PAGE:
The car park for Nanguluwur is located a short distance along the unsealed road to Gubara. Access to the art site is via a 3.4 km return walk. There are beautiful examples of X-ray style art as well as contact paintings. These paintings are so named as they illustrate relatively recent contact with other cultures.
Of special interest is the picture of a sailing vessel. Ships like this were seen in the area between 1880 and 1950 when they brought supplies to buffalo hunting camps on the floodplains of the Alligator Rivers, returning to Darwin with hides. Many Aboriginal people worked in these camps seasonally. This painting clearly shows the detail of an anchor chain at the front, and has a dinghy in tow behind. Aboriginal artists have a very retentive memory for detail when seeing something totally new. The fish to the left of the ship appears to have been painted at a later time.
Hands have been the subject of rock painting since Aboriginal people first came to the area perhaps 50,000 years ago. The display of stencilled hands above includes some prints with all fingers open, and others with the middle three fingers grouped together.
A type of fish, think it might be Barramundi. This is x-ray art, you can see the backbone, anus, fins.
This is Algaihgo (Al-guy-go), the fire woman.
She is one of the first people or Nayuhyunggi (Nab-yuh-young-ghee), who created the world. She planted the yellow banksias in woodlands and used their smouldering flowers to carry fire. Dingos travelled the countryside with her and helped her hunt possum (her favourite food). People are afraid of her because she kills and burns people. Her Djang (sacred site) on Arnhem plateau, where her spirit lives, is avoided. Algaihgo has four arms, and attached to her head are banksias.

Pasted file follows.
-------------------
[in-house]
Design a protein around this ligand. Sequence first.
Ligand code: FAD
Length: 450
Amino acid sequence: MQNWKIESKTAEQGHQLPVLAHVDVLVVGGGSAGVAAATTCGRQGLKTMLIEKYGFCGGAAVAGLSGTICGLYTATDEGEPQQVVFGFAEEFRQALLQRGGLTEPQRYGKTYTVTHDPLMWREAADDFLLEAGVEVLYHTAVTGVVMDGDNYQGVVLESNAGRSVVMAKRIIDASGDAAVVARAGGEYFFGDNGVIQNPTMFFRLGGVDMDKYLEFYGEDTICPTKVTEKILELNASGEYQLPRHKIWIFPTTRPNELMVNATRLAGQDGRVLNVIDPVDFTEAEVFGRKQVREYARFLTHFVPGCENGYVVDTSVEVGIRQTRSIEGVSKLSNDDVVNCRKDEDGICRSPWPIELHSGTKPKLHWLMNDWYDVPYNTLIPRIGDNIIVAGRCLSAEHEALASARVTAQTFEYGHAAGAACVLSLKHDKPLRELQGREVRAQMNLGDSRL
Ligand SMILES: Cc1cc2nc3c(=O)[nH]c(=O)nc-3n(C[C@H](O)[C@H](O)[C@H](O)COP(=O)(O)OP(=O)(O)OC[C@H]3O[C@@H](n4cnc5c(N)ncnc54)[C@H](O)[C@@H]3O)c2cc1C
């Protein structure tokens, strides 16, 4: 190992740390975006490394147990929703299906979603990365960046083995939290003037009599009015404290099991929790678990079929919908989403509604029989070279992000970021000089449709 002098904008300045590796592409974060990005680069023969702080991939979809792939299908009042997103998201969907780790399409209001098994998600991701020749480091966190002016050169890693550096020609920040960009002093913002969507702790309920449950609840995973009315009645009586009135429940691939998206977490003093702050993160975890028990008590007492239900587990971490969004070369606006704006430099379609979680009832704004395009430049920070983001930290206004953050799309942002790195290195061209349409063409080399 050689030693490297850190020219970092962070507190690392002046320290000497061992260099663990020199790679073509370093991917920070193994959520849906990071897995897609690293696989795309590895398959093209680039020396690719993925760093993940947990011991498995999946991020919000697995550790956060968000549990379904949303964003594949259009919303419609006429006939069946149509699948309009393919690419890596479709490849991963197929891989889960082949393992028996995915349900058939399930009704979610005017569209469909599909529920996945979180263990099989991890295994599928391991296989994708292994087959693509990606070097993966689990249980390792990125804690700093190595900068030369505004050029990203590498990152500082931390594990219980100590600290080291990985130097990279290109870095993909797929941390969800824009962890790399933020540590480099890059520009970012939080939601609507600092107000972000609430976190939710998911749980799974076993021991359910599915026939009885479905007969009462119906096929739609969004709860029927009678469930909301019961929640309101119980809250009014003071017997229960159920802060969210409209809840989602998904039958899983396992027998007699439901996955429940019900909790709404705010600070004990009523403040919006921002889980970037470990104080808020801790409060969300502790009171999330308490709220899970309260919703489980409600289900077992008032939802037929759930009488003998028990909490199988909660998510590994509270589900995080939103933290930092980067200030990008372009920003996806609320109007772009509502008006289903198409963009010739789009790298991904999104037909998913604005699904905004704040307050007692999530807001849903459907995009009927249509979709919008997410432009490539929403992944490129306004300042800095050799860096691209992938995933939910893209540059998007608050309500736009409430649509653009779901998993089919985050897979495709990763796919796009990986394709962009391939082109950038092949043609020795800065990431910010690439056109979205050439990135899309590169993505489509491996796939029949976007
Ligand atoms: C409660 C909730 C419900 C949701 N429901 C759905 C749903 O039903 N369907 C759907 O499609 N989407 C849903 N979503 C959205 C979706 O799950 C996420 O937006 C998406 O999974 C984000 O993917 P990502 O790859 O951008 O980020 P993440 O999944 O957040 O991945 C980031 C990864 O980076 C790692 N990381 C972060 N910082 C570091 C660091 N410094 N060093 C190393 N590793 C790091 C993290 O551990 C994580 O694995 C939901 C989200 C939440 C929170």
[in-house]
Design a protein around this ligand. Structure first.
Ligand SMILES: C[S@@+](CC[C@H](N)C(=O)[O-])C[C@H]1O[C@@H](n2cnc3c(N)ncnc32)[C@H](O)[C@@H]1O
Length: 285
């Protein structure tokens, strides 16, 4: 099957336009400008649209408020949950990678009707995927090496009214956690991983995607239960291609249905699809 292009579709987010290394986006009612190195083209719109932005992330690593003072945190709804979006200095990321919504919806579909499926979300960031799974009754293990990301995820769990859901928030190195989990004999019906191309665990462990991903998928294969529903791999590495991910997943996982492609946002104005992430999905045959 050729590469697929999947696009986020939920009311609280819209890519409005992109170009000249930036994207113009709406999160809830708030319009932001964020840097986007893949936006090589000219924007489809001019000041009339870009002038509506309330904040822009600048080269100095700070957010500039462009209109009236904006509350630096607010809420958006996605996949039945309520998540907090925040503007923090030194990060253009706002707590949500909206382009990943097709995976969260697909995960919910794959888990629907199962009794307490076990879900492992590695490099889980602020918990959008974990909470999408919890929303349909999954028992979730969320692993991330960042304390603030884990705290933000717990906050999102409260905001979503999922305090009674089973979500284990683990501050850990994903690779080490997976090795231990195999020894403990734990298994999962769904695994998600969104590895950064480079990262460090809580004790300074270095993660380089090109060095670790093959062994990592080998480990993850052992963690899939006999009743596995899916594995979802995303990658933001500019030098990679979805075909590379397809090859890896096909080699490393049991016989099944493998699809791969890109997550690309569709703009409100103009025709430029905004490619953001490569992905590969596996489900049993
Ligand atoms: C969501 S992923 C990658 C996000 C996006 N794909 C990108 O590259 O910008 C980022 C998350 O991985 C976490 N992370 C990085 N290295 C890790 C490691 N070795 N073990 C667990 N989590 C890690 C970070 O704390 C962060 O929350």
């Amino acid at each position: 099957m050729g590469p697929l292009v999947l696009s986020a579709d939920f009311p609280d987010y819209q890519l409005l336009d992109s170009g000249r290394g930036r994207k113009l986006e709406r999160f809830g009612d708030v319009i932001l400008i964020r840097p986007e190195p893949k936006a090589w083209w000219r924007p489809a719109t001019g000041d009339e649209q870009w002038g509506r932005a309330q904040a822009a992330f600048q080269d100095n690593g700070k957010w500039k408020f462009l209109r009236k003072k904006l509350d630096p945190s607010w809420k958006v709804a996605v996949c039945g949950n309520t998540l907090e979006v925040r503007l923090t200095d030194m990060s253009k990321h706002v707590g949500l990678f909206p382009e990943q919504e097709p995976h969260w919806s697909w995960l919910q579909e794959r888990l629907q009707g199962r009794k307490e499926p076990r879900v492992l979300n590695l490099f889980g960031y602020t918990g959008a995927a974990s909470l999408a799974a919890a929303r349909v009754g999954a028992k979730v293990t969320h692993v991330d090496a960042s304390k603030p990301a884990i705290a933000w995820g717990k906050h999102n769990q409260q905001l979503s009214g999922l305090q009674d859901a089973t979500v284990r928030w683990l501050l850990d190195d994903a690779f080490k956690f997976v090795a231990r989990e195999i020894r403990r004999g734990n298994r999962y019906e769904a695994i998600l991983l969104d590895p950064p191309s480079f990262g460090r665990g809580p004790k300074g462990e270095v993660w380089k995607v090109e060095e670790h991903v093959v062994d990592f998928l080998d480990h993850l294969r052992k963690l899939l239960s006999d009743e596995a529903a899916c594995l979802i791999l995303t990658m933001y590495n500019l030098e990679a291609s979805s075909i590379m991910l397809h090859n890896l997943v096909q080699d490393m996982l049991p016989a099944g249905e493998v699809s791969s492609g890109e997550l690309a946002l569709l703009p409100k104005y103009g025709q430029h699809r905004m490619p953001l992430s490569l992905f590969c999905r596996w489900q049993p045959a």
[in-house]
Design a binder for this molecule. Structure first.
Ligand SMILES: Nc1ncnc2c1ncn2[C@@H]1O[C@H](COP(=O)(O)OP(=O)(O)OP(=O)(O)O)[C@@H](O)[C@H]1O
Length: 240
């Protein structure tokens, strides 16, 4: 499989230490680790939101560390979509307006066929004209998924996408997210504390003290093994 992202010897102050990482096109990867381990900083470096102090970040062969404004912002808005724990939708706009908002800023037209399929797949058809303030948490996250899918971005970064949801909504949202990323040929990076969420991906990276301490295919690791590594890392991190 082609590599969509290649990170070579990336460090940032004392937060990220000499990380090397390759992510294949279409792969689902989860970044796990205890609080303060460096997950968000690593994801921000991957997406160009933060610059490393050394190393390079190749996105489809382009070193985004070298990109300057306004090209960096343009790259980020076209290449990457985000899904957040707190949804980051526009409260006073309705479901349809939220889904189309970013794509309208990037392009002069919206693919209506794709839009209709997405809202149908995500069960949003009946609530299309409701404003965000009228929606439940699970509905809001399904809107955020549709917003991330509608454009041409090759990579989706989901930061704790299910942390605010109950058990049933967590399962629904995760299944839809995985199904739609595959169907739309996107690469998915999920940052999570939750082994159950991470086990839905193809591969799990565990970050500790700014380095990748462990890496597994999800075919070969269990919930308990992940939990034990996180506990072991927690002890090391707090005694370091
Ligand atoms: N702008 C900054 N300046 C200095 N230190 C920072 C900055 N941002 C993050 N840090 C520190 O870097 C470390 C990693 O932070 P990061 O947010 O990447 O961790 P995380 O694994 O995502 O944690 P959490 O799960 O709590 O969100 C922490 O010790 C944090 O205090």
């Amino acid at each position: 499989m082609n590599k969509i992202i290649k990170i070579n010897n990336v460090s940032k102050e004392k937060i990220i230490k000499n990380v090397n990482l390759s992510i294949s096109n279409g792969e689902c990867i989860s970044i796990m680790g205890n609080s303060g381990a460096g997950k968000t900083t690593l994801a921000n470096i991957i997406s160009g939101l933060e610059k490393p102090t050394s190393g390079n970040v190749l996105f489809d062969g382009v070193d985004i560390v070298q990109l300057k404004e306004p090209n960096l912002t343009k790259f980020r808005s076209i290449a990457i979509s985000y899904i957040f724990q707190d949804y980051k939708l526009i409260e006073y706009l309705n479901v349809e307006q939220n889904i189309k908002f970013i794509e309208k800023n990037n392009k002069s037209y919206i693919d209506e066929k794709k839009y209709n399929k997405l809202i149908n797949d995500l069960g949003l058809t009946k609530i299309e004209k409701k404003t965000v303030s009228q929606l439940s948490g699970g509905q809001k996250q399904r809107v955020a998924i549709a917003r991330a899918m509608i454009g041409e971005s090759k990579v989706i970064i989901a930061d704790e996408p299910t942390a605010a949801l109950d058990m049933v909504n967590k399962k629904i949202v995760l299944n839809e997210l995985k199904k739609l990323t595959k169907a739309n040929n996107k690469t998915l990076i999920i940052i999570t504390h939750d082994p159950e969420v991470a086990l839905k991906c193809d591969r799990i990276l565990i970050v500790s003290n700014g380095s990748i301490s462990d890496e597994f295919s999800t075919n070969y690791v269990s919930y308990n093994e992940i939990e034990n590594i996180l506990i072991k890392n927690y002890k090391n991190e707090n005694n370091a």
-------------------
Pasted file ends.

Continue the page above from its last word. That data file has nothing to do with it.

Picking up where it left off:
Look at the figure on the left - the x-ray person. Pictures are painted on top of others so you often come across sections awash with bits of paintings. I read somewhere that it was the act of painting that was the spiritual act not viewing the painting.
Nayuhyunggi not only created the world but handed down laws for future generations to live by. Some of the creation beings were human, others animals or plants. All have great power. These Nayuhyunggi are called Namarde (Nah-marn-deh). They are invisible to ordinary people, live in caves and hollow trees and come out at night. They can entice people into their caves by calling them to come closer. They eat human flesh. They have elongated toes and nipples. Some carry dilly bags for their victims liver, lungs, heart and kidneys.
Close up of one, more than 5 fingers.
Other paintings, what I can't identificate.
It is recommended to visit this site in the morning when the art site and cliffs are in cool shade. The entire site is exposed to the force of the western sun later in the day. We were there between 12pm and 1pm, and you can see that some of the paintings are hardly visible.
We went back to the car and continued our way to Anbangbang Gallery. There is a Anbangbang Billabong walk nearby, but sadly it was closed. The colourful sandstone of Nourlangie Rock can be seen across the lily covered water.
The next stop was at Anbangbang Gallery. This is a place where most of tourists buses are coming. It is well marked, with a wheel chair access to the most of the painting.